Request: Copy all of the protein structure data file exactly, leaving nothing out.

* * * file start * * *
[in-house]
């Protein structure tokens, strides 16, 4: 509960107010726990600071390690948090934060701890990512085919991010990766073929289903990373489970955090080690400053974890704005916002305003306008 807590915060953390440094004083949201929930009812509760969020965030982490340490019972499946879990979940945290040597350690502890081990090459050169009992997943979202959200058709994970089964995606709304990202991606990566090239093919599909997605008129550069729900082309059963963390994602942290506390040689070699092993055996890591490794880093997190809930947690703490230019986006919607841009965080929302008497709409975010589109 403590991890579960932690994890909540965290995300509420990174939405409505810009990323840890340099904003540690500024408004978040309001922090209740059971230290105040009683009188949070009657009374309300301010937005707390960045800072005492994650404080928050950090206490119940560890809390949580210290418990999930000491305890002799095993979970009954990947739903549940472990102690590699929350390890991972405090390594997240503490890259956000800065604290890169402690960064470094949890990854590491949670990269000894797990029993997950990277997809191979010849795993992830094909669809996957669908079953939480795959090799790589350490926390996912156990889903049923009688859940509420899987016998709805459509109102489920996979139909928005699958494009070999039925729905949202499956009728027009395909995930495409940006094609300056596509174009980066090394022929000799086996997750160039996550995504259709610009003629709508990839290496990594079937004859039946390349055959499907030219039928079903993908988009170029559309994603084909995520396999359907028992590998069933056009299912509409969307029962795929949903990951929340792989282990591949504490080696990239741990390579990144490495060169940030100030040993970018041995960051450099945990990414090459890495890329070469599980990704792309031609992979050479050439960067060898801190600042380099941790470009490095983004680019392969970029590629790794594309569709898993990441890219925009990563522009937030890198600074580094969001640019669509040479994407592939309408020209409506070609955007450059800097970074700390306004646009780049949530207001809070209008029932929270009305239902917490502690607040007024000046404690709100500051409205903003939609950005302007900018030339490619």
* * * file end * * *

[in-house]
């Protein structure tokens, strides 16, 4: 509960107010726990600071390690948090934060701890990512085919991010990766073929289903990373489970955090080690400053974890704005916002305003306008 807590915060953390440094004083949201929930009812509760969020965030982490340490019972499946879990979940945290040597350690502890081990090459050169009992997943979202959200058709994970089964995606709304990202991606990566090239093919599909997605008129550069729900082309059963963390994602942290506390040689070699092993055996890591490794880093997190809930947690703490230019986006919607841009965080929302008497709409975010589109 403590991890579960932690994890909540965290995300509420990174939405409505810009990323840890340099904003540690500024408004978040309001922090209740059971230290105040009683009188949070009657009374309300301010937005707390960045800072005492994650404080928050950090206490119940560890809390949580210290418990999930000491305890002799095993979970009954990947739903549940472990102690590699929350390890991972405090390594997240503490890259956000800065604290890169402690960064470094949890990854590491949670990269000894797990029993997950990277997809191979010849795993992830094909669809996957669908079953939480795959090799790589350490926390996912156990889903049923009688859940509420899987016998709805459509109102489920996979139909928005699958494009070999039925729905949202499956009728027009395909995930495409940006094609300056596509174009980066090394022929000799086996997750160039996550995504259709610009003629709508990839290496990594079937004859039946390349055959499907030219039928079903993908988009170029559309994603084909995520396999359907028992590998069933056009299912509409969307029962795929949903990951929340792989282990591949504490080696990239741990390579990144490495060169940030100030040993970018041995960051450099945990990414090459890495890329070469599980990704792309031609992979050479050439960067060898801190600042380099941790470009490095983004680019392969970029590629790794594309569709898993990441890219925009990563522009937030890198600074580094969001640019669509040479994407592939309408020209409506070609955007450059800097970074700390306004646009780049949530207001809070209008029932929270009305239902917490502690607040007024000046404690709100500051409205903003939609950005302007900018030339490619």